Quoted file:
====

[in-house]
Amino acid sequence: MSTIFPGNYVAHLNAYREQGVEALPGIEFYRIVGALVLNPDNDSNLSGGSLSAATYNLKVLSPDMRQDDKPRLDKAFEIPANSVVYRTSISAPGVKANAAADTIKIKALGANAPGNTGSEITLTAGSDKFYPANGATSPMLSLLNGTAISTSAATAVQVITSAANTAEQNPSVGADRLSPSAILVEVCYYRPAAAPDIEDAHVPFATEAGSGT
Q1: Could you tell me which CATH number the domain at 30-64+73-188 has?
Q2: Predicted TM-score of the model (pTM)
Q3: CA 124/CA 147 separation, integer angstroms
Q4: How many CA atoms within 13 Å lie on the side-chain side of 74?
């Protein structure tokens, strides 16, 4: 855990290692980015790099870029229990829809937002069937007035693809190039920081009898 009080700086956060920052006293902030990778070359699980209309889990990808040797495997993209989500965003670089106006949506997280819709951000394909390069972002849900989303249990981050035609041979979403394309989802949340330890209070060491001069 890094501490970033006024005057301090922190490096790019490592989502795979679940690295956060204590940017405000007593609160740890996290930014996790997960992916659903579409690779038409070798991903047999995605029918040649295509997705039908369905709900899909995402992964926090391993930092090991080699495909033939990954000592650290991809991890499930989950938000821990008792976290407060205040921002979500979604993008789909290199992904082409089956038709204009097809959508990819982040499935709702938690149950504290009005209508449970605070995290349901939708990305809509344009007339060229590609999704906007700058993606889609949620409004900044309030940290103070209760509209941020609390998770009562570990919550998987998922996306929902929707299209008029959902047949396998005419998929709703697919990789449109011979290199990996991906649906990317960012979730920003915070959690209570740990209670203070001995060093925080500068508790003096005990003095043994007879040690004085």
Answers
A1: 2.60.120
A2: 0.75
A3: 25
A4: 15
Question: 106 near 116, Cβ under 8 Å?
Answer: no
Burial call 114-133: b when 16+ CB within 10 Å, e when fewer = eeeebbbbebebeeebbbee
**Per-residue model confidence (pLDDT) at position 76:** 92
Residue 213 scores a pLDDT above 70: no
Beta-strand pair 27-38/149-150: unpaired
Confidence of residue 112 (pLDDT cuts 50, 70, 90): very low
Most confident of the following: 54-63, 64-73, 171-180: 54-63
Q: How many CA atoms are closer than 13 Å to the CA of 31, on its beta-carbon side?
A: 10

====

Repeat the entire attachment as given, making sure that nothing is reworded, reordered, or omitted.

[in-house]
Amino acid sequence: MSTIFPGNYVAHLNAYREQGVEALPGIEFYRIVGALVLNPDNDSNLSGGSLSAATYNLKVLSPDMRQDDKPRLDKAFEIPANSVVYRTSISAPGVKANAAADTIKIKALGANAPGNTGSEITLTAGSDKFYPANGATSPMLSLLNGTAISTSAATAVQVITSAANTAEQNPSVGADRLSPSAILVEVCYYRPAAAPDIEDAHVPFATEAGSGT
Q1: Could you tell me which CATH number the domain at 30-64+73-188 has?
Q2: Predicted TM-score of the model (pTM)
Q3: CA 124/CA 147 separation, integer angstroms
Q4: How many CA atoms within 13 Å lie on the side-chain side of 74?
């Protein structure tokens, strides 16, 4: 855990290692980015790099870029229990829809937002069937007035693809190039920081009898 009080700086956060920052006293902030990778070359699980209309889990990808040797495997993209989500965003670089106006949506997280819709951000394909390069972002849900989303249990981050035609041979979403394309989802949340330890209070060491001069 890094501490970033006024005057301090922190490096790019490592989502795979679940690295956060204590940017405000007593609160740890996290930014996790997960992916659903579409690779038409070798991903047999995605029918040649295509997705039908369905709900899909995402992964926090391993930092090991080699495909033939990954000592650290991809991890499930989950938000821990008792976290407060205040921002979500979604993008789909290199992904082409089956038709204009097809959508990819982040499935709702938690149950504290009005209508449970605070995290349901939708990305809509344009007339060229590609999704906007700058993606889609949620409004900044309030940290103070209760509209941020609390998770009562570990919550998987998922996306929902929707299209008029959902047949396998005419998929709703697919990789449109011979290199990996991906649906990317960012979730920003915070959690209570740990209670203070001995060093925080500068508790003096005990003095043994007879040690004085």
Answers
A1: 2.60.120
A2: 0.75
A3: 25
A4: 15
Question: 106 near 116, Cβ under 8 Å?
Answer: no
Burial call 114-133: b when 16+ CB within 10 Å, e when fewer = eeeebbbbebebeeebbbee
**Per-residue model confidence (pLDDT) at position 76:** 92
Residue 213 scores a pLDDT above 70: no
Beta-strand pair 27-38/149-150: unpaired
Confidence of residue 112 (pLDDT cuts 50, 70, 90): very low
Most confident of the following: 54-63, 64-73, 171-180: 54-63
Q: How many CA atoms are closer than 13 Å to the CA of 31, on its beta-carbon side?
A: 10